Ask a Trooper: Motorists should be cautious and not assume farm equipment operators can see them
Farm equipment is large and heavy, making it hard for operators to accelerate, slow down and stop. Operators need flashing lights and slow-moving vehicle emblems, and other motorists need to be cautious and give them space.
Question: Now that spring if finally here, I am seeing a lot of tractors, sprayers and other large equipment on the highways. A number of them didn’t appear to be using their flashing lights, slow moving signs and escort when required. I am concerned this could cause a bad crash. Can you write about this in your “Ask a Trooper” column?
Answer: Motorists traveling on Minnesota highways need to be aware of large farm equipment as there is a lot of field activity, and everyone needs to do their part in sharing the road.
Farm equipment is large and heavy, making it hard for operators to accelerate, slow down and stop. The machines also make wide turns and sometimes cross over the center line.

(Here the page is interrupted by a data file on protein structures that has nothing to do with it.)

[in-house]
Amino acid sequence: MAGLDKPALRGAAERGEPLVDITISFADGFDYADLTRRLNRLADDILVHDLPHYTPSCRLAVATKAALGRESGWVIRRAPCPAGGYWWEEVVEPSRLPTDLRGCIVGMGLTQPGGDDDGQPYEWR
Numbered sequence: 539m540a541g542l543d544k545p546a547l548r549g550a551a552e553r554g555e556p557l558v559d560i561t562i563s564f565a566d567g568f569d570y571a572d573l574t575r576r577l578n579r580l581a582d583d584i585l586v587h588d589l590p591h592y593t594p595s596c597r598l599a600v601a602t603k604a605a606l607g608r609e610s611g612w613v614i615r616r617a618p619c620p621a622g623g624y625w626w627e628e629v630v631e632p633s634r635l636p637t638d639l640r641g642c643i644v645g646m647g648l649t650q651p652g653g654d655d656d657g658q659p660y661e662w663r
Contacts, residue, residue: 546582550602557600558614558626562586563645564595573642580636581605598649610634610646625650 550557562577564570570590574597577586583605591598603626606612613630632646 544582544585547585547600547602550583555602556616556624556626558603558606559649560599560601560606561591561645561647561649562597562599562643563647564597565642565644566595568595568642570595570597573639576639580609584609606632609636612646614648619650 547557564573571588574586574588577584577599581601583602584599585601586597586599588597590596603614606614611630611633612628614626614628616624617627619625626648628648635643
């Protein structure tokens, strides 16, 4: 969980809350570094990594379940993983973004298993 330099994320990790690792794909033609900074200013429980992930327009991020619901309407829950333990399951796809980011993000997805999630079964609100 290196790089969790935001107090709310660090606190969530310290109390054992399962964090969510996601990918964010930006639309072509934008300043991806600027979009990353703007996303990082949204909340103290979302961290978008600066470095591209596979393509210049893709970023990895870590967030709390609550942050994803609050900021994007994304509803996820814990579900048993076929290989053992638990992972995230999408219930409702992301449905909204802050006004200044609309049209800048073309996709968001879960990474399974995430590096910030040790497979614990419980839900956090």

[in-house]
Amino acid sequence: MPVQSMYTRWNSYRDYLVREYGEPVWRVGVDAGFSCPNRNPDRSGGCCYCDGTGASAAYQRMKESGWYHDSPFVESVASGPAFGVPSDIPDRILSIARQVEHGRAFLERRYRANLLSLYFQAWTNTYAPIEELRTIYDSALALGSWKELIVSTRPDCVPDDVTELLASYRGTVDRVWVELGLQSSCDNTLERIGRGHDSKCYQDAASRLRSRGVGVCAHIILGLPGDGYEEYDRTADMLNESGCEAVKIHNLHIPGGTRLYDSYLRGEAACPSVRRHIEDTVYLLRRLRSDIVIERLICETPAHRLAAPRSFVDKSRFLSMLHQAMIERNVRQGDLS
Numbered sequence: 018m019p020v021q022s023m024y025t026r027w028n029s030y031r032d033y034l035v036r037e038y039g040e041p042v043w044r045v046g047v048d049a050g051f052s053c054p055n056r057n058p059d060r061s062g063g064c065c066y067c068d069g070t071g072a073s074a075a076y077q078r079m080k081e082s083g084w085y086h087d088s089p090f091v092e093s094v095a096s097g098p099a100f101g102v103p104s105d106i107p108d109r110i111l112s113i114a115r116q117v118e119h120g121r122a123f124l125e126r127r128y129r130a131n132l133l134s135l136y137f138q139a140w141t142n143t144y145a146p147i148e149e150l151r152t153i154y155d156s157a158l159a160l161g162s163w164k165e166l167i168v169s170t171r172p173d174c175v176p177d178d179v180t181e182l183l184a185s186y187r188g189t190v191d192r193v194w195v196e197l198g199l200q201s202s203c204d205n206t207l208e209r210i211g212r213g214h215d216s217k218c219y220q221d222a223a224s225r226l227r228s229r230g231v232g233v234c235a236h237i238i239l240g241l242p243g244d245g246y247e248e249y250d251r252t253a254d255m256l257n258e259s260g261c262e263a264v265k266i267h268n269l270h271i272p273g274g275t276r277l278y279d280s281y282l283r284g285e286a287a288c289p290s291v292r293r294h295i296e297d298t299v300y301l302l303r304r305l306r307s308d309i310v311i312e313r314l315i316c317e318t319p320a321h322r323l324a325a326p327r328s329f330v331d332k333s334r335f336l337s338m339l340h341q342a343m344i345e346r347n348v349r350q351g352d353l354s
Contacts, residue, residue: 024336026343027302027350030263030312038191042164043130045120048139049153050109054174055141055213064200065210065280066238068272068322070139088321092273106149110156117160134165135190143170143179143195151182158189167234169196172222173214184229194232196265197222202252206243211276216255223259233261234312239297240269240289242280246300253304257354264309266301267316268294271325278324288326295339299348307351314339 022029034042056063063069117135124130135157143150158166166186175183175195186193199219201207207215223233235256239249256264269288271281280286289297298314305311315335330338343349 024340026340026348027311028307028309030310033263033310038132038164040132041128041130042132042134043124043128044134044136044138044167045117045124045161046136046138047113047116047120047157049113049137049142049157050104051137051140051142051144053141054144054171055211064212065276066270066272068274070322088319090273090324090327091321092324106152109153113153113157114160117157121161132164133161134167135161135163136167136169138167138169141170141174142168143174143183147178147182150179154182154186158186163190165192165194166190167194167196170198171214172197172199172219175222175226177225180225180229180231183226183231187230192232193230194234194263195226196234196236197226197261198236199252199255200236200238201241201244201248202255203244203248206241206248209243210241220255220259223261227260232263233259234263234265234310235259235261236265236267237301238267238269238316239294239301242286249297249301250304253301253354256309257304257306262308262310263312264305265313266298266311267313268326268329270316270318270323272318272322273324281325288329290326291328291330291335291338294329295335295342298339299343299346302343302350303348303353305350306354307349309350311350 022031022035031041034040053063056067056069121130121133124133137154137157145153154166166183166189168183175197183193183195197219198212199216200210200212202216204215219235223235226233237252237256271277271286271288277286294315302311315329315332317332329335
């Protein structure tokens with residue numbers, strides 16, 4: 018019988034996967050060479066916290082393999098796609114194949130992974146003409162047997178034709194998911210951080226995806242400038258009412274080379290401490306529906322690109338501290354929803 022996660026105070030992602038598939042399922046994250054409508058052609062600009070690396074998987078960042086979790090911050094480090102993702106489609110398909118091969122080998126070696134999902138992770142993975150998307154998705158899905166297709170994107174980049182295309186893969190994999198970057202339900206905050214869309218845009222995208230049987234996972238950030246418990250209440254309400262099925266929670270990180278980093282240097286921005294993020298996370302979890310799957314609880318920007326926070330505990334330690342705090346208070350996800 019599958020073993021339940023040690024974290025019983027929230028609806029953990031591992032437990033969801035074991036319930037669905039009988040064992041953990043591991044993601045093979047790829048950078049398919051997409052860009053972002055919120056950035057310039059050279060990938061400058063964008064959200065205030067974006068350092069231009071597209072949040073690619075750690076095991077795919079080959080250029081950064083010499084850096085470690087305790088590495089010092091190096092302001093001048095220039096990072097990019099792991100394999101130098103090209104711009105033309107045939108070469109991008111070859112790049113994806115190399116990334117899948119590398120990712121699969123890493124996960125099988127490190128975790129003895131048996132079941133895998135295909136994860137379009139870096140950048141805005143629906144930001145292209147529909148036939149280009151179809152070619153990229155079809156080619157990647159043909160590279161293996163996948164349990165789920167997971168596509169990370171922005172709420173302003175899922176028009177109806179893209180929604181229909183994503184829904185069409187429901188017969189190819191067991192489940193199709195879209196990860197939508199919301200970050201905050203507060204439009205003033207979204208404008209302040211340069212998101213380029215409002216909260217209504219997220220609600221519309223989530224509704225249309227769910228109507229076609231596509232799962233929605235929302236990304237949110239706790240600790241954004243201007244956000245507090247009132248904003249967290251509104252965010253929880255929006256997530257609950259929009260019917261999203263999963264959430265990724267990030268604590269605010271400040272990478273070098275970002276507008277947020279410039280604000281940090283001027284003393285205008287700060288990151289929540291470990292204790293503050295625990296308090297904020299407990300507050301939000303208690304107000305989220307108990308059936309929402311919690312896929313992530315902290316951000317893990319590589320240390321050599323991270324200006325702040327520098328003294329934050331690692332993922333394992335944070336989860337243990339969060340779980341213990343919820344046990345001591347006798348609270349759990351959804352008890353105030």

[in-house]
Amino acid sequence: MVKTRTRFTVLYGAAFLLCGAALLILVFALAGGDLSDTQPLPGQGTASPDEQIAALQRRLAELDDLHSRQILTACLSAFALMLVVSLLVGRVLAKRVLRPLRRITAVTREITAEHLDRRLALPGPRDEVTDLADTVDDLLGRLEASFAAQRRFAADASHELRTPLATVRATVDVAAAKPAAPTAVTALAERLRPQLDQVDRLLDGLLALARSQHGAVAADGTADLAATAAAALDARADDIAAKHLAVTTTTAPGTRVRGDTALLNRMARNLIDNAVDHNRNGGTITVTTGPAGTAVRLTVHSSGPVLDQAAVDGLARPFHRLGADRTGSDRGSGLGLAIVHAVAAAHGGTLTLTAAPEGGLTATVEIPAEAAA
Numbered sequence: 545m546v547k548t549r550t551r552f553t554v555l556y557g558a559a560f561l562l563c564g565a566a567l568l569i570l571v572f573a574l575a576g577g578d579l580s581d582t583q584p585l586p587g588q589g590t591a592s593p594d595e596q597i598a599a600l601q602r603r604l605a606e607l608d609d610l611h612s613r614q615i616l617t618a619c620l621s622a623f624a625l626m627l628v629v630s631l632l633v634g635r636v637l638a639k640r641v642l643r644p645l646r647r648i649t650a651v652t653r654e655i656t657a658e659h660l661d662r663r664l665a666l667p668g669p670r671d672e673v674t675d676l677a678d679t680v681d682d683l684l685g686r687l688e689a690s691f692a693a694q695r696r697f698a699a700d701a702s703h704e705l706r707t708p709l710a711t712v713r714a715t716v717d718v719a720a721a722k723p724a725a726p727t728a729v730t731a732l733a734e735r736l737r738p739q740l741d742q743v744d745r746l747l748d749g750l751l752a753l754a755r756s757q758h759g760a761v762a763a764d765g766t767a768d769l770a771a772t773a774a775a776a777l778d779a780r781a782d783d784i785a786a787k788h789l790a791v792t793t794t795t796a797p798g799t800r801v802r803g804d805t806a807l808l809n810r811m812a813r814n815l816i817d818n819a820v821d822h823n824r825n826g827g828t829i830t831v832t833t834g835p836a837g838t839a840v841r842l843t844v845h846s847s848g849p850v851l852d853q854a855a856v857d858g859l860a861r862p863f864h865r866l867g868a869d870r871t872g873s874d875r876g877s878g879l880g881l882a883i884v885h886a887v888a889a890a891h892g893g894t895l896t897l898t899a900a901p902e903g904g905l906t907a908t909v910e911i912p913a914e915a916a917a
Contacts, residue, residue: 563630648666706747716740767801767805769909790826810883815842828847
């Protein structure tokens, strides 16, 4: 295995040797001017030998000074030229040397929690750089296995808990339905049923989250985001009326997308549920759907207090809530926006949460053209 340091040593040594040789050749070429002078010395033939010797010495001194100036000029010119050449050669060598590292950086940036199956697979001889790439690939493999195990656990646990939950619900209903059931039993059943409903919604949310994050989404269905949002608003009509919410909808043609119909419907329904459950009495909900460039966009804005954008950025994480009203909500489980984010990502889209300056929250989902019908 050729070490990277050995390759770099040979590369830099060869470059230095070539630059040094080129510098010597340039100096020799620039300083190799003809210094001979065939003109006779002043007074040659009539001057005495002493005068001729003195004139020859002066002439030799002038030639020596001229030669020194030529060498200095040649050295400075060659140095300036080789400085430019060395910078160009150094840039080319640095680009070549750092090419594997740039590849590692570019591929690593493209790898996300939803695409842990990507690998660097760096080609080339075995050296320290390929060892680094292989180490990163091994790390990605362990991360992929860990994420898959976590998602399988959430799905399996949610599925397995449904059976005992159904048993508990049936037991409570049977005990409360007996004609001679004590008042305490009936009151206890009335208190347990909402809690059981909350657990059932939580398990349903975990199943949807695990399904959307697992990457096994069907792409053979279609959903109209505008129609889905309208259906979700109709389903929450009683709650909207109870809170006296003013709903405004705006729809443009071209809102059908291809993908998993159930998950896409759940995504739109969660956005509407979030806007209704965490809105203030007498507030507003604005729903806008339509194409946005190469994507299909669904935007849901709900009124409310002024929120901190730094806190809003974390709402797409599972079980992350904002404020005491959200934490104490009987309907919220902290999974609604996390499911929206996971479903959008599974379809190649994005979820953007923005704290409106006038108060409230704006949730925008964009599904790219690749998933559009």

In addition, farm vehicles can create large blind spots, making it difficult for operators to see approaching vehicles. All of these factors can cause serious crashes.
Farm equipment may be driven or towed to the left of the center of a roadway only if it is escorted at the front by a vehicle displaying hazard warning lights visible in normal sunlight. The equipment also must not extend into the left half of the roadway more than is necessary.
Farm equipment operators should:
- Use lights and flashers to make equipment more visible.
- Use slow-moving vehicle emblems on equipment traveling less than 30 mph.
- Consider using a follow vehicle when moving equipment, especially at night.
- Properly secure the load.
- Slow down and use caution when approaching farm equipment. Don’t assume the operator can see you.
- Watch for debris dropped by trucks. It is safer to brake or drive through debris than to veer into oncoming traffic or off the road.
- Wait for a safe and legal place to pass.
Questions concerning traffic-related laws or issues in Minnesota may be sent to Minnesota State Patrol Sgt. Jesse Grabow at 1000 Highway 10 W., Detroit Lakes, MN 56560. You can follow him on Twitter @MSPPIO_NW or email him at firstname.lastname@example.org